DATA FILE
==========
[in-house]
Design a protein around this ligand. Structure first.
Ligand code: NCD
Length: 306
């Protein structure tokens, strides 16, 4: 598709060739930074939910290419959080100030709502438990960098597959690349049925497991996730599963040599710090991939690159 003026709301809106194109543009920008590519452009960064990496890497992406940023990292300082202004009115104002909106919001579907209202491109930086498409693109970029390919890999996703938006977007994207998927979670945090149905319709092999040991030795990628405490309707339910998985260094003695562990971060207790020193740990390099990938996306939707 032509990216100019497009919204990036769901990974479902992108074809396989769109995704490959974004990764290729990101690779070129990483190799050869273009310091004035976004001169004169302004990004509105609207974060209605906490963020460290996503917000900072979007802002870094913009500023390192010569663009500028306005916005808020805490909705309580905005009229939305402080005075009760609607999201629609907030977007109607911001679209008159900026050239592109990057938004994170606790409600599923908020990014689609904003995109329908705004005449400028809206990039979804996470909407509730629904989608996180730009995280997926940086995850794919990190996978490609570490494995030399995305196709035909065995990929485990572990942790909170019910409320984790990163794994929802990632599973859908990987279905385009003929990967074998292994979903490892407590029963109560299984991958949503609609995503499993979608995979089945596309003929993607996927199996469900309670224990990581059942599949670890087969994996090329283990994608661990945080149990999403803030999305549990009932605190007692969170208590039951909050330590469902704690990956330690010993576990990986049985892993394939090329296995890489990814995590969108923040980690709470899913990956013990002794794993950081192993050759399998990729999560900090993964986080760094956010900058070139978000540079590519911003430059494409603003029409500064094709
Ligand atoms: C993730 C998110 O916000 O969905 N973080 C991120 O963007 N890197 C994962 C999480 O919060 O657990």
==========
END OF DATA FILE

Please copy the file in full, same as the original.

[in-house]
Design a protein around this ligand. Structure first.
Ligand code: NCD
Length: 306
């Protein structure tokens, strides 16, 4: 598709060739930074939910290419959080100030709502438990960098597959690349049925497991996730599963040599710090991939690159 003026709301809106194109543009920008590519452009960064990496890497992406940023990292300082202004009115104002909106919001579907209202491109930086498409693109970029390919890999996703938006977007994207998927979670945090149905319709092999040991030795990628405490309707339910998985260094003695562990971060207790020193740990390099990938996306939707 032509990216100019497009919204990036769901990974479902992108074809396989769109995704490959974004990764290729990101690779070129990483190799050869273009310091004035976004001169004169302004990004509105609207974060209605906490963020460290996503917000900072979007802002870094913009500023390192010569663009500028306005916005808020805490909705309580905005009229939305402080005075009760609607999201629609907030977007109607911001679209008159900026050239592109990057938004994170606790409600599923908020990014689609904003995109329908705004005449400028809206990039979804996470909407509730629904989608996180730009995280997926940086995850794919990190996978490609570490494995030399995305196709035909065995990929485990572990942790909170019910409320984790990163794994929802990632599973859908990987279905385009003929990967074998292994979903490892407590029963109560299984991958949503609609995503499993979608995979089945596309003929993607996927199996469900309670224990990581059942599949670890087969994996090329283990994608661990945080149990999403803030999305549990009932605190007692969170208590039951909050330590469902704690990956330690010993576990990986049985892993394939090329296995890489990814995590969108923040980690709470899913990956013990002794794993950081192993050759399998990729999560900090993964986080760094956010900058070139978000540079590519911003430059494409603003029409500064094709
Ligand atoms: C993730 C998110 O916000 O969905 N973080 C991120 O963007 N890197 C994962 C999480 O919060 O657990």